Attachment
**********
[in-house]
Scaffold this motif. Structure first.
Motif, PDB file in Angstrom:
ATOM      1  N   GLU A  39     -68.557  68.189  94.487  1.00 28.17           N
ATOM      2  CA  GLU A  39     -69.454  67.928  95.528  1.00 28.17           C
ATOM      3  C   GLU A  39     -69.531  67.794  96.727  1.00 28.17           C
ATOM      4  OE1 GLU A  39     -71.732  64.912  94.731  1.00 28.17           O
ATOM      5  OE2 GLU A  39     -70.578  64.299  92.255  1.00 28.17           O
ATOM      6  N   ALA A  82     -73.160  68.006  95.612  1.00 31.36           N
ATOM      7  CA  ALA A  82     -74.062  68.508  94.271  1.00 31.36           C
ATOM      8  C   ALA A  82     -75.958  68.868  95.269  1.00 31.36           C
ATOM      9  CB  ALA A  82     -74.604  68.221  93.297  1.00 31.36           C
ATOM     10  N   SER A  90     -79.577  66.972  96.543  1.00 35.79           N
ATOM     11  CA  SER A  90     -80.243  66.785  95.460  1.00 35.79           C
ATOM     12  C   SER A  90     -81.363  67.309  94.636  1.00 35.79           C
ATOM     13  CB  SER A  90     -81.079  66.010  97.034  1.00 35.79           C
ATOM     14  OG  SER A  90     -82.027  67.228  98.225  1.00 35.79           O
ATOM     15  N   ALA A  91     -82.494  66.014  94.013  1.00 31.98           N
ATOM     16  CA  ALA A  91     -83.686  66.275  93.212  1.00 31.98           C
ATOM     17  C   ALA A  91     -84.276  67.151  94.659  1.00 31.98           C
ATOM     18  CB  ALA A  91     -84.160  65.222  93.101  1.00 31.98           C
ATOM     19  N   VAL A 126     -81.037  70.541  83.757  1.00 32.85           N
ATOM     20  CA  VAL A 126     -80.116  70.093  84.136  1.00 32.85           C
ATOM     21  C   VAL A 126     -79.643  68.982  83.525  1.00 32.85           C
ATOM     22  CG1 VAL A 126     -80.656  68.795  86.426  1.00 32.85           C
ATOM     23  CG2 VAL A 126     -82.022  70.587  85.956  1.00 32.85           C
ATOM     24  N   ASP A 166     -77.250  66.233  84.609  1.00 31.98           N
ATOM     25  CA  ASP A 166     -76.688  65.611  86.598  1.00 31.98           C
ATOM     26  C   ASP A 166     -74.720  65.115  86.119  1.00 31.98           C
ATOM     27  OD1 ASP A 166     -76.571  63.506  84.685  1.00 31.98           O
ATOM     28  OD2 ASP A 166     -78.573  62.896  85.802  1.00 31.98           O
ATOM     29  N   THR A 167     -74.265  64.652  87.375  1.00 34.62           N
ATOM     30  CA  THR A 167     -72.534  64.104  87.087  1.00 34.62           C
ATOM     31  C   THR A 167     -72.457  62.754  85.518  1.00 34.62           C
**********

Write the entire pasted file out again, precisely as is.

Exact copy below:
[in-house]
Scaffold this motif. Structure first.
Motif, PDB file in Angstrom:
ATOM      1  N   GLU A  39     -68.557  68.189  94.487  1.00 28.17           N
ATOM      2  CA  GLU A  39     -69.454  67.928  95.528  1.00 28.17           C
ATOM      3  C   GLU A  39     -69.531  67.794  96.727  1.00 28.17           C
ATOM      4  OE1 GLU A  39     -71.732  64.912  94.731  1.00 28.17           O
ATOM      5  OE2 GLU A  39     -70.578  64.299  92.255  1.00 28.17           O
ATOM      6  N   ALA A  82     -73.160  68.006  95.612  1.00 31.36           N
ATOM      7  CA  ALA A  82     -74.062  68.508  94.271  1.00 31.36           C
ATOM      8  C   ALA A  82     -75.958  68.868  95.269  1.00 31.36           C
ATOM      9  CB  ALA A  82     -74.604  68.221  93.297  1.00 31.36           C
ATOM     10  N   SER A  90     -79.577  66.972  96.543  1.00 35.79           N
ATOM     11  CA  SER A  90     -80.243  66.785  95.460  1.00 35.79           C
ATOM     12  C   SER A  90     -81.363  67.309  94.636  1.00 35.79           C
ATOM     13  CB  SER A  90     -81.079  66.010  97.034  1.00 35.79           C
ATOM     14  OG  SER A  90     -82.027  67.228  98.225  1.00 35.79           O
ATOM     15  N   ALA A  91     -82.494  66.014  94.013  1.00 31.98           N
ATOM     16  CA  ALA A  91     -83.686  66.275  93.212  1.00 31.98           C
ATOM     17  C   ALA A  91     -84.276  67.151  94.659  1.00 31.98           C
ATOM     18  CB  ALA A  91     -84.160  65.222  93.101  1.00 31.98           C
ATOM     19  N   VAL A 126     -81.037  70.541  83.757  1.00 32.85           N
ATOM     20  CA  VAL A 126     -80.116  70.093  84.136  1.00 32.85           C
ATOM     21  C   VAL A 126     -79.643  68.982  83.525  1.00 32.85           C
ATOM     22  CG1 VAL A 126     -80.656  68.795  86.426  1.00 32.85           C
ATOM     23  CG2 VAL A 126     -82.022  70.587  85.956  1.00 32.85           C
ATOM     24  N   ASP A 166     -77.250  66.233  84.609  1.00 31.98           N
ATOM     25  CA  ASP A 166     -76.688  65.611  86.598  1.00 31.98           C
ATOM     26  C   ASP A 166     -74.720  65.115  86.119  1.00 31.98           C
ATOM     27  OD1 ASP A 166     -76.571  63.506  84.685  1.00 31.98           O
ATOM     28  OD2 ASP A 166     -78.573  62.896  85.802  1.00 31.98           O
ATOM     29  N   THR A 167     -74.265  64.652  87.375  1.00 34.62           N
ATOM     30  CA  THR A 167     -72.534  64.104  87.087  1.00 34.62           C
ATOM     31  C   THR A 167     -72.457  62.754  85.518  1.00 34.62           C